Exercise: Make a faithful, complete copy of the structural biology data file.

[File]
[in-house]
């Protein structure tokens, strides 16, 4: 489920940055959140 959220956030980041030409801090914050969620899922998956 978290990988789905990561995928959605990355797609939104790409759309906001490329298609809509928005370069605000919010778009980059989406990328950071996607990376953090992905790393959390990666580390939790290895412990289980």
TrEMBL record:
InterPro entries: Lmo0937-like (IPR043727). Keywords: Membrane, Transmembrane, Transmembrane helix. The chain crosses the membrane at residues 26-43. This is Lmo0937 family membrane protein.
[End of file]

[in-house]
């Protein structure tokens, strides 16, 4: 489920940055959140 959220956030980041030409801090914050969620899922998956 978290990988789905990561995928959605990355797609939104790409759309906001490329298609809509928005370069605000919010778009980059989406990328950071996607990376953090992905790393959390990666580390939790290895412990289980």
TrEMBL record:
InterPro entries: Lmo0937-like (IPR043727). Keywords: Membrane, Transmembrane, Transmembrane helix. The chain crosses the membrane at residues 26-43. This is Lmo0937 family membrane protein.